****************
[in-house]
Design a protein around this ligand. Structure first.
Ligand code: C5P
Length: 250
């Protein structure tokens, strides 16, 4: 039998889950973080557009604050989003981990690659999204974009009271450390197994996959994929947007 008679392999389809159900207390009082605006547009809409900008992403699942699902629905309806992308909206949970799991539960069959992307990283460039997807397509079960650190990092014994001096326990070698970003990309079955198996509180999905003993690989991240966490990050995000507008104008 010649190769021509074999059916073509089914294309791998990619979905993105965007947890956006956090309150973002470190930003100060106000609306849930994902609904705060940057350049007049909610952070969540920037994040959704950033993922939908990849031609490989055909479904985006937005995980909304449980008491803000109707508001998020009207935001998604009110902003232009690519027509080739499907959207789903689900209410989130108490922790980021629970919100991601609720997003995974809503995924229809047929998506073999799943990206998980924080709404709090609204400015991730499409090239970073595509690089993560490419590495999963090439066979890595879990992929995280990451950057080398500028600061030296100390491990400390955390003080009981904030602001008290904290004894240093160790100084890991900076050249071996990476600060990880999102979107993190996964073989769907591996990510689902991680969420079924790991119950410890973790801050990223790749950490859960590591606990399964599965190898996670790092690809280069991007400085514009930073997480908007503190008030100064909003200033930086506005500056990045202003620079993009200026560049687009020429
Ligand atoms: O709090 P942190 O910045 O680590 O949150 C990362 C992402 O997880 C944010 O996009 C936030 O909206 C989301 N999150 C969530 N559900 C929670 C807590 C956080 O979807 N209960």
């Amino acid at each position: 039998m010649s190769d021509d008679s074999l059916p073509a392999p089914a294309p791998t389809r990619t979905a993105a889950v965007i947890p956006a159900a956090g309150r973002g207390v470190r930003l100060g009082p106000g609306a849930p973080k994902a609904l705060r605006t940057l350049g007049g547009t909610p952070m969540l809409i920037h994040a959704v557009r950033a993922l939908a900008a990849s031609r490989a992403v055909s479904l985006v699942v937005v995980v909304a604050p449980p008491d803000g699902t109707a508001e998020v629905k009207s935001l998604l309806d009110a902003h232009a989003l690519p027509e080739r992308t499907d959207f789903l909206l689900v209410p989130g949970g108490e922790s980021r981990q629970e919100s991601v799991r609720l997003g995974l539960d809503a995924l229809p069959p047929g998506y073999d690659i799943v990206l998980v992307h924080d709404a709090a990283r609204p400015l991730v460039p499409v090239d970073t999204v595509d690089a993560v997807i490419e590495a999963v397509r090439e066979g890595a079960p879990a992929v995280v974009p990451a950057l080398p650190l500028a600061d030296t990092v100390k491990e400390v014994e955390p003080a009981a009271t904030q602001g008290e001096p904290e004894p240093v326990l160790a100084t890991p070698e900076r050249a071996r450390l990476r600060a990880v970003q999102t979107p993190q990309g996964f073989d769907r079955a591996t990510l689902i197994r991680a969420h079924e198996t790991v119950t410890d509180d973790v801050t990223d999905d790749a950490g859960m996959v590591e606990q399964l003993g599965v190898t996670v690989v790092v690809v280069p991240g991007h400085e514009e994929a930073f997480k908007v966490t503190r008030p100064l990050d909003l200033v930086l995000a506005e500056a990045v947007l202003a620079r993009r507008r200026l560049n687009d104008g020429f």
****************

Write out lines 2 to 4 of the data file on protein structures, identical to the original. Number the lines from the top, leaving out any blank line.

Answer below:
Design a protein around this ligand. Structure first.
Ligand code: C5P
Length: 250